Vancouver City Council approves permanent patio program

Sep 22 2021, 8:01 pm

Patios will become a permanent, recurring fixture of Vancouver’s streetscape, following Vancouver City Council’s unanimous decision Wednesday morning.

The Temporary Expedited Patio Program (TEPP) first launched in June 2020 as an urgent measure to help support struggling restaurants from strict indoor dining capacity restrictions will transition into a permanent program, following its repeated proven success and popularity with both businesses and the general public.

Not only did it save businesses and support employment during the pandemic’s peak economic fallout, but it provided for a more vibrant streetscape.

For the 2020 summer season, the city approved 421 patios under TEPP. This figure grew to 692 total patios for the 2021 season, including 516 patios in public spaces — 128 on sidewalks and 388 on curbside parking spaces. There were 176 patios in private spaces, such as street sidewalks that are technically on private property, and parking lots. Many of these businesses are small family-owned operations.

“I think we all heard very consistently from members of council and residents of the city, it shouldn’t have taken a pandemic, people love the patios. We’ve created a patio culture,” said independent councillor Sarah Kirby-Yung during the deliberations.

“I also recognize that it gave people a safe way to be outside, and quite honestly sustained many of our beloved local restaurants that I don’t think would have their doors open today if council had not enthusiastically supported the patio program and staff had not been able to pivot on the dime moving forward.”

TEPP’s current season is set to end at the end of next month. Moving ahead with a permanent program, the plan is to have a recurring summer patio season continue from April 1 to October 31 each year, with flexibility for increased capacity during the summer months.

But the one major change for the permanent program starting in 2022 is the instatement of patio fees, using the existing framework in place before the pandemic. TEPP in 2020 and 2021 was a free program, with all permit and application fees waived to support businesses at a time when they saw diminished cash flow.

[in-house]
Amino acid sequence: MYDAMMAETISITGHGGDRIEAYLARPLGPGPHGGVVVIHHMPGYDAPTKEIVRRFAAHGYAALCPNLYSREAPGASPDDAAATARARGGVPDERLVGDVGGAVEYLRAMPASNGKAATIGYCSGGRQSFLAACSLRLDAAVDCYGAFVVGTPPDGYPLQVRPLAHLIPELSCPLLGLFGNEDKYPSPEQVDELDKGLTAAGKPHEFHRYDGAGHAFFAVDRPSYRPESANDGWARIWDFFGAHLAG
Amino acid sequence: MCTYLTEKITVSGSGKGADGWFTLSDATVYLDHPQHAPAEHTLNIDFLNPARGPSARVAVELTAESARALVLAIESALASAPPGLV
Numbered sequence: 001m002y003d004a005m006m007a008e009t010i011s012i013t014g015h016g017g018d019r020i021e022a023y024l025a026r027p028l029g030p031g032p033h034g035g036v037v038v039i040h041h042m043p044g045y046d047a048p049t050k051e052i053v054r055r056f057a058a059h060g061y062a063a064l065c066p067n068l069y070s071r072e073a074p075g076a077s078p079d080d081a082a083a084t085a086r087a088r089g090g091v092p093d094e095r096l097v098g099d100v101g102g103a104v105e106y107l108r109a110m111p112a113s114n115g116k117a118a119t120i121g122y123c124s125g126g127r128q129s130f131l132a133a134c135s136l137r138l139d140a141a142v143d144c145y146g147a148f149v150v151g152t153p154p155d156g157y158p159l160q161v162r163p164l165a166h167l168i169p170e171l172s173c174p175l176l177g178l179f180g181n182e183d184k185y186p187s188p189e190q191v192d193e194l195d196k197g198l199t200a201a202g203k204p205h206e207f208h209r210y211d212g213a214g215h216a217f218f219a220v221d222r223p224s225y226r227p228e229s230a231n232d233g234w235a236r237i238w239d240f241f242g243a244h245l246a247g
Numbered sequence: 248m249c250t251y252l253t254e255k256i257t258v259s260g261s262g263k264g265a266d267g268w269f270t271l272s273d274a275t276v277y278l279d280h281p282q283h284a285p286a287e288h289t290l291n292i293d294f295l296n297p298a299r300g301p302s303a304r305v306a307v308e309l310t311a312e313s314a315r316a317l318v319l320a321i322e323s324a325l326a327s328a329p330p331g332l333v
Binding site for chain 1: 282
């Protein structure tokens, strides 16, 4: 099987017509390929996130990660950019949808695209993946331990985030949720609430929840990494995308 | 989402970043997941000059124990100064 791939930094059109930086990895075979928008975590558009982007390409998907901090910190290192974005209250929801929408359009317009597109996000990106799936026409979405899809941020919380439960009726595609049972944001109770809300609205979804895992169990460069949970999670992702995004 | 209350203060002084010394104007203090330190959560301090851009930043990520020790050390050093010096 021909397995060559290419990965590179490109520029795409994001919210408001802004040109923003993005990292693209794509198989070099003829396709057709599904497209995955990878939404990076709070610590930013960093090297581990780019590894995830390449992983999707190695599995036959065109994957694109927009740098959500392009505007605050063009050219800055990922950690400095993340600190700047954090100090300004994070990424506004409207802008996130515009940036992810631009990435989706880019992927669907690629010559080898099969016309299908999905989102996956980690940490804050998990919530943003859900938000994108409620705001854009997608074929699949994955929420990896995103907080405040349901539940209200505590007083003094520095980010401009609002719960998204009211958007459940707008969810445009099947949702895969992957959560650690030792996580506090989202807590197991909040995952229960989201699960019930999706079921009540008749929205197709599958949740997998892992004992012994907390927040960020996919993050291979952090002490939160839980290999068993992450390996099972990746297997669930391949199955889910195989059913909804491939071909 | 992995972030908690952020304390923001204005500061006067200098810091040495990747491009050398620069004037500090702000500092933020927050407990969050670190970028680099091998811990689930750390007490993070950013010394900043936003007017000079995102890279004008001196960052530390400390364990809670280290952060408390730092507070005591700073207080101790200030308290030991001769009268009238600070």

The city intends to make a profit above the recovery of its administration costs of its overall patio program, continuing the pre-pandemic practice.

The new permanent summertime patio program is expected to increase the city’s costs each year by $682,000, including setting aside five full-time staff from the building and licensing department, and allocating traffic management equipment such as concrete barriers to ensure curbside patios on arterial roads are safe.

The fees collected from the new permanent program are estimated at $641,000, below the city’s budget, but this would be more than offset by the existing patio program’s revenues of $1.2 million — nearly three times the city’s cost of $468,000. Altogether, the city stands to see nearly a $700,000 profit, with combined city costs at $1.15 million and combined revenues at $1.841 million.

“These fees offset direct costs associated with delivering the program and also contribute to corporate revenue,” states a city staff report.

For patios on city-owned sidewalks and road space, a “small patio” starts with a minimum annual fee of $389.91, with $129.97 per year for one table with two chairs. Annual fees for a large patio on city-owned spaces in downtown Vancouver are $90.02 per sq metre from April 1 to October 31, and $64.07 per sq metre from November 1 to March 31.

For large patio areas on city-owned spaces outside of downtown, the fees are set at $63.79 per sq metre from April 1 to October 31, and $45.50 per sq metre from November 1 to March 31.

According to the city, a typical permit fee for a patio in a public street right-of-way ranges from about $450 for a small patio to an average of $2,800 for a large patio, varying in size and duration.

The city warns that it may no longer be able to approve the continued operation of some of the existing patios under TEPP, such as limited food establishments without public washrooms, “given their occupant capacity or patios on some arterial streets may not be viable as traffic volumes resume.” This is determined on a case-to-case basis when the city reviews application submissions.

City staff plan on launching consultation with the public and businesses on potential refined patio design guidelines in 2022. A review of the patio program and fee structure would also be conducted in 2022 to determine the fees for 2023.

During today’s deliberations prior to the final vote, city council also approved an amendment moved by Green Party councillor Pete Fry to have city staff develop guidelines that “ensure and enforce” accessibility for patios, given that many of the patios are on public spaces.

Kenneth ChanKenneth Chan

+ News
+ Urbanized